Lenalidomide (Revlimid) Shows Promise in Relapsed MCL, Ahead of FDA Approval
Lenalidomide (Revlimid), an oral anti-cancer drug already in use for multiple myeloma and myelodysplastic syndrome, was discussed during a poster session as a promising treatment option for mantle cell lymphoma (MCL) patients. SAB members Michael Williams, MD of the University of Virginia, and Andre Goy, MD of Hackensack University Medical Center, presented a detailed analysis of their MCL-001 study, while SAB member Thomas Witzig, MD of Mayo Clinic, was lead author on a combined analysis of three separate studies (including the MCL-001 study) of lenalidomide in relapsed or refractory MCL patients. Both studies demonstrated that lenalidomide, when given independently from other treatments, provided a consistent clinical benefit in patients with relapsed or refractory MCL. One day after the ASCO meeting's conclusion, the FDA announced the approval for the use of lenalidomide in treating MCL patients, making it the first and only oral therapy approved for treatment of relapsed/refractory MCL. (More information about lenalidomide and other MCL treatment options are available at FocusonMCL.org.)
Two Promising New Treatments for Non-Hodgkin Lymphoma and T-Cell Lymphomas
In a poster session, preliminary results from a small scale study of ublituximab (another anti-CD20 antibody) in patients with relapsed or refractory B-NHL were presented. The study, which included a sampling of patients with a variety of NHLs, reported several responses, with two of the 12 patients achieving complete remission. These results have prompted recruitment to begin to larger scale trials to better evaluate the safety and activity of this agent in larger numbers of patients.
In an oral abstract session, SAB member Dr. Owen O'Connor from Columbia University presented results from the BELIEF trial, evaluating belinostat in relapsed or refractory peripheral T-cell lymphoma (PTCL). Patients enrolled in the BELIEF trial were either refractory or had relapsed after at least one prior treatment. Belinostat, which targets a set of proteins crucial to cell development called HDAC, was able to induce complete and partial responses in some of these patients and was tolerable at high intensity doses even in those with poor bone marrow reserve, suggesting it may be a potential new treatment for patients with few other options. (The class of drugs called HDAC inhibitors was previously covered by LRF in February; more information on PTCL is available at FocusonPTCL.org.)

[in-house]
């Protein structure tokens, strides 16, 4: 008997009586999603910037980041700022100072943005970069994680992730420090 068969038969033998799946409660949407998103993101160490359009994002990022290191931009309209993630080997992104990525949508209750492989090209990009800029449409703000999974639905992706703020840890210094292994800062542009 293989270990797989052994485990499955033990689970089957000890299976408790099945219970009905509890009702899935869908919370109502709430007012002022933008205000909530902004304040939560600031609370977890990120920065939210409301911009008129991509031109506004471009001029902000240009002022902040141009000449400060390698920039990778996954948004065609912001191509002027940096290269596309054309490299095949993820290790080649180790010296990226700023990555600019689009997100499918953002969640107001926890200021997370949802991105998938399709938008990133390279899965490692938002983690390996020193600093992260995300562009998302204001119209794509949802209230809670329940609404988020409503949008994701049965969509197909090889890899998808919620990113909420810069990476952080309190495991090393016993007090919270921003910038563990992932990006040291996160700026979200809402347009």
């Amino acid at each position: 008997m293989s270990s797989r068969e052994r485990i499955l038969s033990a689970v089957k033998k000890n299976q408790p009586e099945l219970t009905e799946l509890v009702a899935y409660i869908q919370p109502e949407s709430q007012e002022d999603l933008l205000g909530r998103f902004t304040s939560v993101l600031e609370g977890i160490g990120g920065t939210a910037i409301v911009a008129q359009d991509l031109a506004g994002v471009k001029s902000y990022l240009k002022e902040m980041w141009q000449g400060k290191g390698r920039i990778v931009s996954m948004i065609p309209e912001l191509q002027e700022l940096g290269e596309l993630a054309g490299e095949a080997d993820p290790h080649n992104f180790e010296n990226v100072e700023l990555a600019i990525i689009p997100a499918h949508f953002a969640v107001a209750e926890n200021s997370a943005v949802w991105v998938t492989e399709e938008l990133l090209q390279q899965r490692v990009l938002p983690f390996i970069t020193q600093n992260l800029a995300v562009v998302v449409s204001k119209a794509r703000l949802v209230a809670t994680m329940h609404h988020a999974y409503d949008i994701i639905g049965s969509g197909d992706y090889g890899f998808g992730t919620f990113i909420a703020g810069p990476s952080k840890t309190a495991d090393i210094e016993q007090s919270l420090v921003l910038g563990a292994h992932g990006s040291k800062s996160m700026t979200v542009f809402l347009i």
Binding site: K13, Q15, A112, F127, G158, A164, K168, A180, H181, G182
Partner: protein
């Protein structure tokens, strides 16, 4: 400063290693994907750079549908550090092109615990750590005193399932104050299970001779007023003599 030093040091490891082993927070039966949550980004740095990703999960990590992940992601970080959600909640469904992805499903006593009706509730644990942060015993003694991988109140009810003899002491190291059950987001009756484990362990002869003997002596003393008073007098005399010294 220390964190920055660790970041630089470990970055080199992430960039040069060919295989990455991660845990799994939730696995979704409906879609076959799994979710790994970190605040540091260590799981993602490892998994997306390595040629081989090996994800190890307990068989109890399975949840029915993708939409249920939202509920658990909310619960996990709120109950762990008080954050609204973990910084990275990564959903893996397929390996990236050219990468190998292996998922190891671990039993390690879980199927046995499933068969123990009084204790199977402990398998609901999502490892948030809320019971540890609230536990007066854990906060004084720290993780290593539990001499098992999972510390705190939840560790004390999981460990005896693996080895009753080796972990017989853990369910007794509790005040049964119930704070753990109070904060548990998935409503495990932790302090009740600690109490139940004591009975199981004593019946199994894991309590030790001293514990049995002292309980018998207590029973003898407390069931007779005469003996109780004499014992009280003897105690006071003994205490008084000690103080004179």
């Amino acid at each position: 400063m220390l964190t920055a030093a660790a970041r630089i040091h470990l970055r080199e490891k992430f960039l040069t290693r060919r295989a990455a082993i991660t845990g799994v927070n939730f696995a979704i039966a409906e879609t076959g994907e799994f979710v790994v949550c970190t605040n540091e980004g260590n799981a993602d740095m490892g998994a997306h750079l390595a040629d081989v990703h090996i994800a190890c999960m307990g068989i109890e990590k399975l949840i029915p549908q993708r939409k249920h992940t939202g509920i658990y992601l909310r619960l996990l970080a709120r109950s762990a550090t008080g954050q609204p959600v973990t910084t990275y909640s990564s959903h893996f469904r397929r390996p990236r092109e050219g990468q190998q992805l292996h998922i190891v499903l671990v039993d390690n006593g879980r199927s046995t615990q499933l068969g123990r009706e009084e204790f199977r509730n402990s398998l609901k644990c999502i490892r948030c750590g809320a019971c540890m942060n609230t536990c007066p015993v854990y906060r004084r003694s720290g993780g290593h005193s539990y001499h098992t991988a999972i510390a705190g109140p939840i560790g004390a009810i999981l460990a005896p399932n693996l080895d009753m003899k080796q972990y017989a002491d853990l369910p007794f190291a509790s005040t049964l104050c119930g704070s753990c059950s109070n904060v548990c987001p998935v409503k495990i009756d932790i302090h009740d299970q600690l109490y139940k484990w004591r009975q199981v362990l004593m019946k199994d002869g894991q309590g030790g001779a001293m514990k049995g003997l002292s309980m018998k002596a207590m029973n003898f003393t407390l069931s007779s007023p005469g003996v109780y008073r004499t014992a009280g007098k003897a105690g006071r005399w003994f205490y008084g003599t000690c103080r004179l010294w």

Studies of Novel Targeted Agents Ibrutinib and Brentruximab Vedotin
Two drugs that have received accelerated approval from the FDA, ibrutinib (for NHL) and brentruximab vedotin (for HL), were the subjects of separate studies presented by SAB Member Anas Younes, MD, of Memorial Sloan-Kettering Medical Center. The study of ibrutinib, which has also been designated a "Breakthrough Therapy" by the FDA, was presented at an oral abstract session; it was designed to determine the recommended dose of ibrutinib when used with the drug regimen known as R-CHOP (rituximab, cyclophosphamide, doxorubicin, vincristine, and prednisone), as well as test for safety issues. In the 17 patients studied, no significant rise in harmful side effects was found when ibrutinib was added to R-CHOP – a promising sign for this new combination therapy. (LRF previously covered ibrutinib and its effects on DLBCL tumors in late 2012.)
An ongoing large scale study was described of brentruximab vedotin (Adcetris) as the first therapy given to advanced stage Hodgkin lymphoma patients following an autologous stem cell transplant (ASCT) – a treatment strategy that has already received provisional approval in Europe. The randomized, multi-center study is examining the effects of adding brentruximab vedotin to the commonly used drug regimen ABVD (doxorubicin, bleomycin, vinblastine, and dacarbazine), to measure both the treatment's safety and its relapse and refractory rates against the 20 percent refractory and 35 percent relapse rates that occur with ABVD alone. This trial is still in its early stages. (More information on HL is available at FocusonHL.org.)
Summary: A Look Toward the Future
The studies outlined here are only a fraction of the studies presented during ASCO's Annual Meeting, however, they provide a strong sampling of the work currently being done in lymphoma research, as well as a look at the treatment advances lymphoma patients will hopefully see in the future. Whether it is a refinement of existing standards of care or a new drug for the patient who has exhausted all other treatment options, members of LRF's Scientific Advisory Board are pursuing multiple ways to improve both survival rates and patients' quality of life.
For further updates on promising discoveries in lymphoma research, visit LRF's Research News.